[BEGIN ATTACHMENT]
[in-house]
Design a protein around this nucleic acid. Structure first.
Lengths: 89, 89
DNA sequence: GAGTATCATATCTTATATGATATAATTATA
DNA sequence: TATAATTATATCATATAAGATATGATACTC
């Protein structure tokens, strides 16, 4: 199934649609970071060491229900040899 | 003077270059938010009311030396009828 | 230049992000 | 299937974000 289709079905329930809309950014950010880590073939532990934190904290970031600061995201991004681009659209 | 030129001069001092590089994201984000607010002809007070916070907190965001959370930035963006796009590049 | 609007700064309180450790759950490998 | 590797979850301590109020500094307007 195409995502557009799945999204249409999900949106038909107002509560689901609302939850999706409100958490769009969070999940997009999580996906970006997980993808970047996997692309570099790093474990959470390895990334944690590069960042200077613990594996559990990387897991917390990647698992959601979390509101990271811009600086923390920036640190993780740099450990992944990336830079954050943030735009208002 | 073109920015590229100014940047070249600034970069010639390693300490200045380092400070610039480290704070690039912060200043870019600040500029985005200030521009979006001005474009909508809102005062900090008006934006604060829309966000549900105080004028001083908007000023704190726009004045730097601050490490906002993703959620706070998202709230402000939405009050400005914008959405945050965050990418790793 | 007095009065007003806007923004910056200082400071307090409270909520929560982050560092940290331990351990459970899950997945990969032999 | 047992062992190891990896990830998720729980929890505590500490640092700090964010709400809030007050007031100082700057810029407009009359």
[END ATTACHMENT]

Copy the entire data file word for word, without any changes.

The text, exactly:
[in-house]
Design a protein around this nucleic acid. Structure first.
Lengths: 89, 89
DNA sequence: GAGTATCATATCTTATATGATATAATTATA
DNA sequence: TATAATTATATCATATAAGATATGATACTC
């Protein structure tokens, strides 16, 4: 199934649609970071060491229900040899 | 003077270059938010009311030396009828 | 230049992000 | 299937974000 289709079905329930809309950014950010880590073939532990934190904290970031600061995201991004681009659209 | 030129001069001092590089994201984000607010002809007070916070907190965001959370930035963006796009590049 | 609007700064309180450790759950490998 | 590797979850301590109020500094307007 195409995502557009799945999204249409999900949106038909107002509560689901609302939850999706409100958490769009969070999940997009999580996906970006997980993808970047996997692309570099790093474990959470390895990334944690590069960042200077613990594996559990990387897991917390990647698992959601979390509101990271811009600086923390920036640190993780740099450990992944990336830079954050943030735009208002 | 073109920015590229100014940047070249600034970069010639390693300490200045380092400070610039480290704070690039912060200043870019600040500029985005200030521009979006001005474009909508809102005062900090008006934006604060829309966000549900105080004028001083908007000023704190726009004045730097601050490490906002993703959620706070998202709230402000939405009050400005914008959405945050965050990418790793 | 007095009065007003806007923004910056200082400071307090409270909520929560982050560092940290331990351990459970899950997945990969032999 | 047992062992190891990896990830998720729980929890505590500490640092700090964010709400809030007050007031100082700057810029407009009359």